remaining within; indwelling; inherent.
Philosophy. (of a mental act) taking place within the mind of the subject and having no effect outside of it. Compare transeunt.
Theology. (of the Deity) indwelling the universe, time, etc. Compare transcendent ( def 3 ).

1525–35; < Late Latin immanent- (stem of immanēns), present participle of immanēre to stay in, equivalent to im- im-1 + man(ēre) to stay + -ent- -ent; see remain

immanence, immanency, noun
immanently, adverb
nonimmanence, noun
nonimmanency, noun
nonimmanent, adjective
nonimmanently, adverb
unimmanent, adjective
unimmanently, adverb

eminent, immanent, imminent.

1. innate, inborn, intrinsic.

1. extrinsic, acquired, superimposed. Unabridged
Based on the Random House Dictionary, © Random House, Inc. 2014.
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World English Dictionary
immanent (ˈɪmənənt)
1.  existing, operating, or remaining within; inherent
2.  Compare transcendent of or relating to the pantheistic conception of God, as being present throughout the universe
[C16: from Latin immanēre to remain in, from im- (in) + manēre to stay]

Collins English Dictionary - Complete & Unabridged 10th Edition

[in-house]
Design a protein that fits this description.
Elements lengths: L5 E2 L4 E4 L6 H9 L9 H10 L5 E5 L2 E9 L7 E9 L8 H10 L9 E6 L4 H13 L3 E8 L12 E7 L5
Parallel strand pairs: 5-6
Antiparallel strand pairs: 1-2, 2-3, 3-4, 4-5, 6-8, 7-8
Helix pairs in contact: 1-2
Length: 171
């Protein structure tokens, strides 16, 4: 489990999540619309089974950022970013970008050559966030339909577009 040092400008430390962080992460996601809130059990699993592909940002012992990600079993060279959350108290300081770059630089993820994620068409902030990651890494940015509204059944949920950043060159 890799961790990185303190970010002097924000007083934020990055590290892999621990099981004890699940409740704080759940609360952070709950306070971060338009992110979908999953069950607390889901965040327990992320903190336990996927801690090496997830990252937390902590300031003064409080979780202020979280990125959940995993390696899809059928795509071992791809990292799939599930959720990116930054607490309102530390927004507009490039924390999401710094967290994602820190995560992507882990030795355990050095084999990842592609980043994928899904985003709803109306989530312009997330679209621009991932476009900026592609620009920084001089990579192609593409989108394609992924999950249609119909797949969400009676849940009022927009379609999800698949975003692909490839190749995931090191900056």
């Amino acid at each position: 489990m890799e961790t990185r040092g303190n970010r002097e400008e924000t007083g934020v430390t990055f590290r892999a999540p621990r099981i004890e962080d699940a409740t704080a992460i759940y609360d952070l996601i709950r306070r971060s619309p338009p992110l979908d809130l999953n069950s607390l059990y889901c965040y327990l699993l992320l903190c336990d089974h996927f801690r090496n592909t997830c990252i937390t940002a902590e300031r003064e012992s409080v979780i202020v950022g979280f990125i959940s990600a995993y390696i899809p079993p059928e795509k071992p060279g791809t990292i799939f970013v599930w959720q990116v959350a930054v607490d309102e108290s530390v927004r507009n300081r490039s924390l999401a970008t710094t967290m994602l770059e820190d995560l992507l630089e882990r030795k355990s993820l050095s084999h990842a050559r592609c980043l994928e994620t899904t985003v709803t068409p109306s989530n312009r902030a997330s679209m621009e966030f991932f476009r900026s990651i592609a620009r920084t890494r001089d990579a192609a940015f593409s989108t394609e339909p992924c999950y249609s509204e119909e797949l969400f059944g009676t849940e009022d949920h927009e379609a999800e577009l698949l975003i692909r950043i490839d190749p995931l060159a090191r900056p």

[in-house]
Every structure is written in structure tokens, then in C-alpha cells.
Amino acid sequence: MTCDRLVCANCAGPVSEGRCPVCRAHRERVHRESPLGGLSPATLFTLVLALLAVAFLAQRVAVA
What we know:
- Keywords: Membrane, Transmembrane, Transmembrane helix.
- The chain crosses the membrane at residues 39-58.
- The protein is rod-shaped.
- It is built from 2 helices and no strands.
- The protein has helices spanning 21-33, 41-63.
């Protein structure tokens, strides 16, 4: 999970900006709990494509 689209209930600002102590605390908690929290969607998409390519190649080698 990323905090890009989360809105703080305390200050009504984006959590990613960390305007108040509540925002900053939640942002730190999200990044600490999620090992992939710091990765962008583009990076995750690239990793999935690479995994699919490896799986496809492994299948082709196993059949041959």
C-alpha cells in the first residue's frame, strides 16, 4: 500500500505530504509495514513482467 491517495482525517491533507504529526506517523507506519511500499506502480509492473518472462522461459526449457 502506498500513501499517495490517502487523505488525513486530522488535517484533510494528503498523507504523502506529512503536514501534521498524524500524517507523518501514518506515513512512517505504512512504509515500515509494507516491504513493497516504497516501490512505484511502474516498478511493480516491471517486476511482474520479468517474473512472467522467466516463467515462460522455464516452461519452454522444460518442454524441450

2009 © William Collins Sons & Co. Ltd. 1979, 1986 © HarperCollins
Publishers 1998, 2000, 2003, 2005, 2006, 2007, 2009
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Word Origin & History

"indwelling, inherent," 1530s, via Fr., from L.L. immanens, prp. of L. immanere, from in- "in" + manere "to dwell" (see manor). Contrasted with transcendent.
Online Etymology Dictionary, © 2010 Douglas Harper
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Example sentences
The air feels charged by some pantheistic immanence.
But whether one actually experiences such immanence will be as much a matter of
  faith as of taste.
It is not immanence to life, but immanence that is in nothing is itself a life.
It is about the lack of faith and its unavoidable immanence.
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